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The Yellow Wallpaper Essay

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During the late 1800’s many women developed postpartum depression – a severe, long-lasting form of depression that occurred after childbirth, causing symptoms such as insomnia and despondence. At this time, mental health was a subject that was overlooked, leading to various mental disabilities being ruled as “madness” or “schizophrenia”. The treatment for postpartum depression was called the “rest cure”, which isolated women and put them on strict bed rest, causing their conditions to deteriorate rather than improve.

The societal stigma of patriarchy also contributed to this deterioration, as authoritative male figures suppressed women, preventing them from being able to recover, and instead only gave way to the imminent paranoia. In Charlotte Perkins Gilman’s short story, “The Yellow Wallpaper”, the narrator’s internal and external conflict demonstrates her gradual descent into a state of madness as Gilman critiques the conventional disregard for mental illness and the suppression of women in a patriarchal society,

The narrator is subjected to the “rest cure” in order to treat her postpartum depression, however the strict isolation and oppression cause her to feel entrapped and silenced, as she is discouraged from expressing her feelings. Negligent societal views on mental illness are revealed, as she starts to voice her thoughts about the repressive nature of her treatment: “ I sometimes fancy that in my condition if I had less opposition and more society and stimulus — but John [her husband] says the very worst thing I can do is think about my condition” (1).

The narrator interrupts herself mid-thought, revealing her internalized conflict in whether to articulate her concern, or accept the world’s view on depression. Forced to conceal her emotions, the narrator’s isolation causes her anguish. Furthermore, the narrator struggles to express her misery as John feels there is nothing wrong with her, “… these nervous troubles are dreadfully depressing. John does not know how much I really suffer.

He knows there is no reason to suffer and that satisfies him” (2), manifesting common societal views towards mental illness. Despite the narrator’s apprehension about her mental health, John insists she is recovering, depicting the lack of regard to psychology in the 19th century. The narrator’s conflict induced by the “rest cure” proved to be far more detrimental to a woman suffering from this overlooked anxiety disorder, by detaining her to both mental and physical solitude.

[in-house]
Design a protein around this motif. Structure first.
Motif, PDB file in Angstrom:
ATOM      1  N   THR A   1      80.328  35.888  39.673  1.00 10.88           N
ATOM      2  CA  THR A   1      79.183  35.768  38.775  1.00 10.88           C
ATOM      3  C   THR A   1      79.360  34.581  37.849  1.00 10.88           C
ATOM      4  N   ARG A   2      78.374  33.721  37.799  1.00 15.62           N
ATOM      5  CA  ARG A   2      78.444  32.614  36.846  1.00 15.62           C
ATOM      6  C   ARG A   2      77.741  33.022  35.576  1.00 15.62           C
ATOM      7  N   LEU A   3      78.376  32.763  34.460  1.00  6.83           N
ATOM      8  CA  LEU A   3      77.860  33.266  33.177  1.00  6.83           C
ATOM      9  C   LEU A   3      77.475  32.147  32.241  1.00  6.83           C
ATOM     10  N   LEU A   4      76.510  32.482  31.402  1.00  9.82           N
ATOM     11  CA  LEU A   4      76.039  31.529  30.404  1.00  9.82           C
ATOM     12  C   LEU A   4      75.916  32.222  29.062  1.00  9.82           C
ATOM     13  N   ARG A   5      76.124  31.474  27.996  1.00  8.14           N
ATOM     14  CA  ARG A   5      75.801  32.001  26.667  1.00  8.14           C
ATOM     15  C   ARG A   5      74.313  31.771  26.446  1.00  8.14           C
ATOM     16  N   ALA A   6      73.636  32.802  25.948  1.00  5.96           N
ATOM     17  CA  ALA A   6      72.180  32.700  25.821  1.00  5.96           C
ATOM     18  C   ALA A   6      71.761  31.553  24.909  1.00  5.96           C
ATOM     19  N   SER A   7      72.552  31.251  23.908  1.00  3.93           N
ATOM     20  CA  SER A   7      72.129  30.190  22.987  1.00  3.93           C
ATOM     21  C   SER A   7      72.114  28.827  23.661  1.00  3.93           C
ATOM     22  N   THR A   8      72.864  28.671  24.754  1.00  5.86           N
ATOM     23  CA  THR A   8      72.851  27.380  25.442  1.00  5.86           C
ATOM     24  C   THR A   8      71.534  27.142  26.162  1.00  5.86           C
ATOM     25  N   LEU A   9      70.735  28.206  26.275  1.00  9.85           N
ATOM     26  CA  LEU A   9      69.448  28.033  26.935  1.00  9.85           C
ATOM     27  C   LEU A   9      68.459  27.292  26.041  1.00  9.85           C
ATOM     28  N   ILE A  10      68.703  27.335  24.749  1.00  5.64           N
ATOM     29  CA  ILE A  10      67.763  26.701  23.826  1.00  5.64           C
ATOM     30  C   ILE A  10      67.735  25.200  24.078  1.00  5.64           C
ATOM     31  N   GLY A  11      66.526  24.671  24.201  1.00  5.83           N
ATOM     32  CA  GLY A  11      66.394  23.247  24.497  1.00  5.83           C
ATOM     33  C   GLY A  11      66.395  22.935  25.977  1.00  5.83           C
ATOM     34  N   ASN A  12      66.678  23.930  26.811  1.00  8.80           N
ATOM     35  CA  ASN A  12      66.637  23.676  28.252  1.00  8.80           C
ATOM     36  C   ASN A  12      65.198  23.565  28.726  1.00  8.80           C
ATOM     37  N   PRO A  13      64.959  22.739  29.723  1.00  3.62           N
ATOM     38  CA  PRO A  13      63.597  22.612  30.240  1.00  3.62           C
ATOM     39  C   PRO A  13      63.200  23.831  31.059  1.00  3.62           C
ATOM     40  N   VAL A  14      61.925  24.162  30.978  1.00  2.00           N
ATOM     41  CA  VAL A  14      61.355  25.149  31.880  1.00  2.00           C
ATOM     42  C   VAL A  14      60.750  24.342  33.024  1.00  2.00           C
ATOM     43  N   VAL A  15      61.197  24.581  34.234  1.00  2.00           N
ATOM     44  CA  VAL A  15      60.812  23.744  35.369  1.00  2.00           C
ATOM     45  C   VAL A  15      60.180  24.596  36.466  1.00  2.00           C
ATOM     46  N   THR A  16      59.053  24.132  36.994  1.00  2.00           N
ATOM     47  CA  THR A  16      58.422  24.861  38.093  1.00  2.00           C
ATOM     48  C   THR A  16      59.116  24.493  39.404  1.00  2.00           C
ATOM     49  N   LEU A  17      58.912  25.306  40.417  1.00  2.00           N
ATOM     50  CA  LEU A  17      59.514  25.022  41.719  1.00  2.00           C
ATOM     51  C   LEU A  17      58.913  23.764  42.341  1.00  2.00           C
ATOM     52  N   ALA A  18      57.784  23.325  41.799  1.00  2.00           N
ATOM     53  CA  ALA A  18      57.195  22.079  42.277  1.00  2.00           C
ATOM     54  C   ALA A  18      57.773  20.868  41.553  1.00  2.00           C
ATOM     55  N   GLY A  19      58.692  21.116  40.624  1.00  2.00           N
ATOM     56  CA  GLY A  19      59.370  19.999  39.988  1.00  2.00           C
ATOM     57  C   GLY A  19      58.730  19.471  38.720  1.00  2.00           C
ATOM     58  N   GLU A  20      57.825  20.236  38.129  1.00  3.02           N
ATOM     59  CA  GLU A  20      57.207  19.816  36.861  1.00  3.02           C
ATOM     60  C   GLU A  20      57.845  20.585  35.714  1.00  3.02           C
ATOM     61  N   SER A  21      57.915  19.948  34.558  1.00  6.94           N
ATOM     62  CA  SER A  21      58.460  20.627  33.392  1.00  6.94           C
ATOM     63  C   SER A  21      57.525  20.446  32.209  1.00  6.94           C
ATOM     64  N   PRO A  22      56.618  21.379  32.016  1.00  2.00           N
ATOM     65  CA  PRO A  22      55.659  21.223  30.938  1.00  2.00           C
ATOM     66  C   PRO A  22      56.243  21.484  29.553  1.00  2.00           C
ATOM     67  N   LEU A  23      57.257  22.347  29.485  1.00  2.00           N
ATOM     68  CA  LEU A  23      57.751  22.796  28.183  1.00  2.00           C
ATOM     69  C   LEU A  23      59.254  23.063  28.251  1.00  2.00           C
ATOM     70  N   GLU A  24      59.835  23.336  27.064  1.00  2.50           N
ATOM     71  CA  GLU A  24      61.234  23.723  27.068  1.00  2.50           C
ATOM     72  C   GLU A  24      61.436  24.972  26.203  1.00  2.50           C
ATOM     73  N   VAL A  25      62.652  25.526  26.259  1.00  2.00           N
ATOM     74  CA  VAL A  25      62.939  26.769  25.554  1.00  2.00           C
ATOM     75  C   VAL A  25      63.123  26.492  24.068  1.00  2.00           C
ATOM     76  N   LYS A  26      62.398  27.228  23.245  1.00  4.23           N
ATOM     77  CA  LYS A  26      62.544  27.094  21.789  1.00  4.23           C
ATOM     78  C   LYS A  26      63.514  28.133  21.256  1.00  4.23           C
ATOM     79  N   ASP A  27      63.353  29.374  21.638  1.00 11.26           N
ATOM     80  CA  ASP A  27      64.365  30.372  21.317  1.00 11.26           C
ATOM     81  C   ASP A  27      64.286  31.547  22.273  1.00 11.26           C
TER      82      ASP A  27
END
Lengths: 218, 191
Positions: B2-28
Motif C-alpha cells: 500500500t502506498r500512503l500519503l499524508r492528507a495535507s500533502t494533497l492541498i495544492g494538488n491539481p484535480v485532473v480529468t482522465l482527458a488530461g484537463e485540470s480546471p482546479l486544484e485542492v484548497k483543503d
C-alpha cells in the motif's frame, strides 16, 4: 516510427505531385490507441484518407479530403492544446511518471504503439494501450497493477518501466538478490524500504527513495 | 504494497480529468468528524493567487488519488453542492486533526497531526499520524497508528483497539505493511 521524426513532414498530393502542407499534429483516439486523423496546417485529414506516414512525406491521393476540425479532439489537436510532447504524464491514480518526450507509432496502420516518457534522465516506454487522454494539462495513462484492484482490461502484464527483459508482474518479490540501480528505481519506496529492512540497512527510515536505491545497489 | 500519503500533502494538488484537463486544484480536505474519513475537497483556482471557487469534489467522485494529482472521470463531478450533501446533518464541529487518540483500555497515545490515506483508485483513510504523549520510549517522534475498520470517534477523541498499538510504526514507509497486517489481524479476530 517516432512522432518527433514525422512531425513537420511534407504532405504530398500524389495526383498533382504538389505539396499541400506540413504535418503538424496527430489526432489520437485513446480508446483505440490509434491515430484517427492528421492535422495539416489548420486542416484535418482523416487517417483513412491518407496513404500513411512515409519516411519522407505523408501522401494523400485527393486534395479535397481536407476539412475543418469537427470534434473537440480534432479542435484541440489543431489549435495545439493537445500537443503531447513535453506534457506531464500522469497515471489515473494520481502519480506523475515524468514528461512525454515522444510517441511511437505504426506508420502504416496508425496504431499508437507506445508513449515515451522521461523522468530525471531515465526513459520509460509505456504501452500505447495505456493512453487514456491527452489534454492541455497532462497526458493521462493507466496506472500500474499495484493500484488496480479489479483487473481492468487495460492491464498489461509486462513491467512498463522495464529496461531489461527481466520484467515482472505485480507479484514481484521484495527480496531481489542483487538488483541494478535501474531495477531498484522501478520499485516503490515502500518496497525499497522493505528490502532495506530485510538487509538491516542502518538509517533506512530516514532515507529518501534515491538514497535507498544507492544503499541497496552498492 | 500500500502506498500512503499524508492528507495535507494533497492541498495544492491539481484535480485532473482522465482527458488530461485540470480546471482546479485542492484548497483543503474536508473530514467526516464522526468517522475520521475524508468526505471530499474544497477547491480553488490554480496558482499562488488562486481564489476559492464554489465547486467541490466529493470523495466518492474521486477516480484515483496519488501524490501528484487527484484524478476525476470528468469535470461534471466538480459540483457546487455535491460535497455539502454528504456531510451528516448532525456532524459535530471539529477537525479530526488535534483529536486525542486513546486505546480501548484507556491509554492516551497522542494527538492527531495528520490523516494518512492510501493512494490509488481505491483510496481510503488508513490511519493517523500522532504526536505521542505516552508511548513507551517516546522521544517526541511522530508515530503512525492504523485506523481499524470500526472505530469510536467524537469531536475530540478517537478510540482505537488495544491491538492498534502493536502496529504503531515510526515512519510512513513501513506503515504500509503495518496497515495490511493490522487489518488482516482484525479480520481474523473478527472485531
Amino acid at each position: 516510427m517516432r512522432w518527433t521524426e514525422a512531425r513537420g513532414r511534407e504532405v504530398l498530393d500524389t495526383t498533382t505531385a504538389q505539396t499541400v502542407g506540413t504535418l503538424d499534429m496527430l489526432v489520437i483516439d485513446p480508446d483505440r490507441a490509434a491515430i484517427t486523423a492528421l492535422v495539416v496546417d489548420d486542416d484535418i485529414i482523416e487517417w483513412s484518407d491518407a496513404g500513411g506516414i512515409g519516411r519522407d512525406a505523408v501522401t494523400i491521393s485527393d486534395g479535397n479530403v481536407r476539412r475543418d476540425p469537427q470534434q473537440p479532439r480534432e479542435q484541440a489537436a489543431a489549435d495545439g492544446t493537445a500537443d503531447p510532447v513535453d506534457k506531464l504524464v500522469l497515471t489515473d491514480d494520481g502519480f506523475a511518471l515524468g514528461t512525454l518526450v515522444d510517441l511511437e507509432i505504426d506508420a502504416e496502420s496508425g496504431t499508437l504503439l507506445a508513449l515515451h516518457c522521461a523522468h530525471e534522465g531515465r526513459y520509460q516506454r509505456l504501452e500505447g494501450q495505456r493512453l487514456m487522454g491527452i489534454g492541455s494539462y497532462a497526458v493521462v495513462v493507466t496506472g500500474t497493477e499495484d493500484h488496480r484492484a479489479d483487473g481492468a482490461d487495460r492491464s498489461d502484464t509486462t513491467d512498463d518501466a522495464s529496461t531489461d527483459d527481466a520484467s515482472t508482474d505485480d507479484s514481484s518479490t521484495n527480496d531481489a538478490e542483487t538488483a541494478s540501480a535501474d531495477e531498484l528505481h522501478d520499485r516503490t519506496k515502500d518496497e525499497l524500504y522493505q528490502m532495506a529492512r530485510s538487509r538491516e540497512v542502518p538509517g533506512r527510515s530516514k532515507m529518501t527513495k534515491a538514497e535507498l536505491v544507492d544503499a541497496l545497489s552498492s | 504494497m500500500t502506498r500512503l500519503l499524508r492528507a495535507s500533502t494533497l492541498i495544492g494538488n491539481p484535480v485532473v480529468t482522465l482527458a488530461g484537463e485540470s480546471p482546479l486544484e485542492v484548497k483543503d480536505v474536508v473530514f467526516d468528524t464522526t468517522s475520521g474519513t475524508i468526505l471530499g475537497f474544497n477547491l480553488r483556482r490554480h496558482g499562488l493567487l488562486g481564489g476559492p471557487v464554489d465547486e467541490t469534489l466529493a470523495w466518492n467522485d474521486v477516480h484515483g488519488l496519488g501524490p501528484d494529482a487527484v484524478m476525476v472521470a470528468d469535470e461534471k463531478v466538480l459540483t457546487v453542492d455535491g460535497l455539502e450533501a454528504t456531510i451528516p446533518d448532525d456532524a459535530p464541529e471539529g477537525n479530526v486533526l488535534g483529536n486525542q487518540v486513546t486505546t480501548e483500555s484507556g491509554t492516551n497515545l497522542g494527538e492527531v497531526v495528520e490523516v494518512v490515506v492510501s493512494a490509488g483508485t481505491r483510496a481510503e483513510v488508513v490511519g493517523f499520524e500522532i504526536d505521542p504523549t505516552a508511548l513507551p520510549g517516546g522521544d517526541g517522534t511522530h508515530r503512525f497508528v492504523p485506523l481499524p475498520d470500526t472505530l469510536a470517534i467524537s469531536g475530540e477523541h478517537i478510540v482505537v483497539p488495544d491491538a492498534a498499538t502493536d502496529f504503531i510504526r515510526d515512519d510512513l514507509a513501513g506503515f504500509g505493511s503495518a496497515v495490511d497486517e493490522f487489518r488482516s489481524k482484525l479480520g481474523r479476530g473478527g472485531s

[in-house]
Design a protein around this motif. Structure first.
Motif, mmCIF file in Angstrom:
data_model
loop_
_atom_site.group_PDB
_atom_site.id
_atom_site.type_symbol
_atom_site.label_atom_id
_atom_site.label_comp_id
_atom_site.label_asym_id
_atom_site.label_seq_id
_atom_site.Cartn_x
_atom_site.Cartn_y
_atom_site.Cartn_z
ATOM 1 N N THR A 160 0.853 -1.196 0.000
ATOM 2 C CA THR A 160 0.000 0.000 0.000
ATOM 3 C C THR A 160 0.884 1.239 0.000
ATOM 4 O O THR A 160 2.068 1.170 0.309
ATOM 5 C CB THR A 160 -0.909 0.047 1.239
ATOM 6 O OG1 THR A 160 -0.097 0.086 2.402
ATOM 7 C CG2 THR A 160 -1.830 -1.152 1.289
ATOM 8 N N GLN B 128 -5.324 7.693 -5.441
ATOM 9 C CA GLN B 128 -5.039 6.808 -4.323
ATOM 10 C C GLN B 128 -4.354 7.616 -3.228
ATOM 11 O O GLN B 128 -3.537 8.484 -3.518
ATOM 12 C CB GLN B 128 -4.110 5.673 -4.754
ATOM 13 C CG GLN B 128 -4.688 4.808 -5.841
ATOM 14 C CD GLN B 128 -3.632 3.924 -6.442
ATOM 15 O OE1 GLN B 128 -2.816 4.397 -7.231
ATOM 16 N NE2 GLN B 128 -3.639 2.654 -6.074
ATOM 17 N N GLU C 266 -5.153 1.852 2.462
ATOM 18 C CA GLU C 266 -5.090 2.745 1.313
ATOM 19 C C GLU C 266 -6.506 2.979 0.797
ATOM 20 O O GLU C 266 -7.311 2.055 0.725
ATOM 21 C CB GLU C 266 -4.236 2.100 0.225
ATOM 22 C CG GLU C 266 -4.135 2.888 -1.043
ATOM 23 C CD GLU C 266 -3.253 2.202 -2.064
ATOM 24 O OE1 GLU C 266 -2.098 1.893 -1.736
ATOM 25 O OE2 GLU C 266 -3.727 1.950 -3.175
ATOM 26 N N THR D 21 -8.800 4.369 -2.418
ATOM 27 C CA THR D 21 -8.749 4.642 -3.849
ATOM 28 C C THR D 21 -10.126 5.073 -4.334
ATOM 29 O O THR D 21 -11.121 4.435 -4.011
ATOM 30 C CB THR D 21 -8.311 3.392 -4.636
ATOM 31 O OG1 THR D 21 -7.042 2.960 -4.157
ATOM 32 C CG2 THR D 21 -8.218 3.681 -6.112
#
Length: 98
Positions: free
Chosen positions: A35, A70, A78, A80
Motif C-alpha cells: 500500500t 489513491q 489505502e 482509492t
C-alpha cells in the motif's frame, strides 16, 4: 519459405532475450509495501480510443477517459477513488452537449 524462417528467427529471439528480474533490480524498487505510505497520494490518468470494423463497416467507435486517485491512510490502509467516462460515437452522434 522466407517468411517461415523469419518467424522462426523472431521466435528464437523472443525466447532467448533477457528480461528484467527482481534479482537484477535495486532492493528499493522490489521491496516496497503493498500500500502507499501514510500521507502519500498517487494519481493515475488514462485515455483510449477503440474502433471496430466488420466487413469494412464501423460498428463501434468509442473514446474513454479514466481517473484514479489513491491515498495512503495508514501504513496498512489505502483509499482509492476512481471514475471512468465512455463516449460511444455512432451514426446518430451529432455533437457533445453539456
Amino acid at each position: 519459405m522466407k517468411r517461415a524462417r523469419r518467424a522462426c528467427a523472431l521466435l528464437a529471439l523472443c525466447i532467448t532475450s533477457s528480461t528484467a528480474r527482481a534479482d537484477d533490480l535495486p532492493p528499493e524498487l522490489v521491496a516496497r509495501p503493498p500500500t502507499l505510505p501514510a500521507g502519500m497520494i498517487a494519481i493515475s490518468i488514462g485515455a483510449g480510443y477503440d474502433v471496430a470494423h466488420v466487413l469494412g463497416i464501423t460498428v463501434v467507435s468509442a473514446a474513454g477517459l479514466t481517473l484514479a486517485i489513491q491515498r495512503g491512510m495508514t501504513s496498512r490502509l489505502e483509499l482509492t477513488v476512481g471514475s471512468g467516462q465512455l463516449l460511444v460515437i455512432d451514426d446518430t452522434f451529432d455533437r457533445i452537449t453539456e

Underlying gender stereotypes and patriarchal domination contribute to the narrator’s descent to madness, as John’s belittling demeanor influences her to become submissive and ignore her illness. Because the narrator is a weak woman reliant on her husband, only concerned about what “John says”, she is initially unable to develop a sense of individuality (1). Her dependence causes her to reluctantly comply with the treatment prescribed by male figures in her life.

She listlessly accepts that “If a physician of high standing, and one’s own husband, assures friends and relatives that there is really nothing the matter with one but temporary nervous depression – a slight hysterical tendency – what is one to do? My brother is also a physician, and also of high standing, and he says the same thing” (Gilman 1), exhibiting the male dominance and female subordination present in society. Furthermore, John’s character exemplifies the male view towards females in the nineteenth century.